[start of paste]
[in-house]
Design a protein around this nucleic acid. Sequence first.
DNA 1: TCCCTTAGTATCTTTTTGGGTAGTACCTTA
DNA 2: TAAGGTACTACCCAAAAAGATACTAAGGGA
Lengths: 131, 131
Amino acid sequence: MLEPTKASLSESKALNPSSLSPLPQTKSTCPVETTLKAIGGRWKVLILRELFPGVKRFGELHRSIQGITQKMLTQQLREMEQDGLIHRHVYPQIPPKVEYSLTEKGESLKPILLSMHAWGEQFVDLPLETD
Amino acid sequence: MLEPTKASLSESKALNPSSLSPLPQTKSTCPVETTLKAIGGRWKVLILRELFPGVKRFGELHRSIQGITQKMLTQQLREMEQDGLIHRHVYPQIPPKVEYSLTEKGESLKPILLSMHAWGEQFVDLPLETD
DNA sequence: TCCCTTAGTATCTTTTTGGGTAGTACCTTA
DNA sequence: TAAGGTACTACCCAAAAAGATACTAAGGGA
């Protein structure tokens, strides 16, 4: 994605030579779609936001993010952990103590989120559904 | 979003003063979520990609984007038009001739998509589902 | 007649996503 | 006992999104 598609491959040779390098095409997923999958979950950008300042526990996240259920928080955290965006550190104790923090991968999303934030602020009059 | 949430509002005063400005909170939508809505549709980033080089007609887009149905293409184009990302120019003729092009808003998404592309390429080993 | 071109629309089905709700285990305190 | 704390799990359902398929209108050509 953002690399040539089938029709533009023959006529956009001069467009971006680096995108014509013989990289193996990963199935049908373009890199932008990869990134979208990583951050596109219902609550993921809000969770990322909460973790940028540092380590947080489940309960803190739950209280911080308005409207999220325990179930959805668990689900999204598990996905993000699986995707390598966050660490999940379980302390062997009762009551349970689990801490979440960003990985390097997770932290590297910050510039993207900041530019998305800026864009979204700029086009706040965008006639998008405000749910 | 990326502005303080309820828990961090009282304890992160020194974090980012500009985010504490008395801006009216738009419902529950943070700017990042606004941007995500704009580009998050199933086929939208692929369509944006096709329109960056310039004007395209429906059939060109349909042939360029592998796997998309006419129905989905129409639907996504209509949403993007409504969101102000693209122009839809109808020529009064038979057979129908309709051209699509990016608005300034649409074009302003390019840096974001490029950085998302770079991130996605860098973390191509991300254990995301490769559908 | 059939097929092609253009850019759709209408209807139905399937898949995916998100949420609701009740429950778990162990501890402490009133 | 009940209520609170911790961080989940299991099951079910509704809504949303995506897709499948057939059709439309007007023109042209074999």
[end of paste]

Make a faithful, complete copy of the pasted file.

[in-house]
Design a protein around this nucleic acid. Sequence first.
DNA 1: TCCCTTAGTATCTTTTTGGGTAGTACCTTA
DNA 2: TAAGGTACTACCCAAAAAGATACTAAGGGA
Lengths: 131, 131
Amino acid sequence: MLEPTKASLSESKALNPSSLSPLPQTKSTCPVETTLKAIGGRWKVLILRELFPGVKRFGELHRSIQGITQKMLTQQLREMEQDGLIHRHVYPQIPPKVEYSLTEKGESLKPILLSMHAWGEQFVDLPLETD
Amino acid sequence: MLEPTKASLSESKALNPSSLSPLPQTKSTCPVETTLKAIGGRWKVLILRELFPGVKRFGELHRSIQGITQKMLTQQLREMEQDGLIHRHVYPQIPPKVEYSLTEKGESLKPILLSMHAWGEQFVDLPLETD
DNA sequence: TCCCTTAGTATCTTTTTGGGTAGTACCTTA
DNA sequence: TAAGGTACTACCCAAAAAGATACTAAGGGA
């Protein structure tokens, strides 16, 4: 994605030579779609936001993010952990103590989120559904 | 979003003063979520990609984007038009001739998509589902 | 007649996503 | 006992999104 598609491959040779390098095409997923999958979950950008300042526990996240259920928080955290965006550190104790923090991968999303934030602020009059 | 949430509002005063400005909170939508809505549709980033080089007609887009149905293409184009990302120019003729092009808003998404592309390429080993 | 071109629309089905709700285990305190 | 704390799990359902398929209108050509 953002690399040539089938029709533009023959006529956009001069467009971006680096995108014509013989990289193996990963199935049908373009890199932008990869990134979208990583951050596109219902609550993921809000969770990322909460973790940028540092380590947080489940309960803190739950209280911080308005409207999220325990179930959805668990689900999204598990996905993000699986995707390598966050660490999940379980302390062997009762009551349970689990801490979440960003990985390097997770932290590297910050510039993207900041530019998305800026864009979204700029086009706040965008006639998008405000749910 | 990326502005303080309820828990961090009282304890992160020194974090980012500009985010504490008395801006009216738009419902529950943070700017990042606004941007995500704009580009998050199933086929939208692929369509944006096709329109960056310039004007395209429906059939060109349909042939360029592998796997998309006419129905989905129409639907996504209509949403993007409504969101102000693209122009839809109808020529009064038979057979129908309709051209699509990016608005300034649409074009302003390019840096974001490029950085998302770079991130996605860098973390191509991300254990995301490769559908 | 059939097929092609253009850019759709209408209807139905399937898949995916998100949420609701009740429950778990162990501890402490009133 | 009940209520609170911790961080989940299991099951079910509704809504949303995506897709499948057939059709439309007007023109042209074999």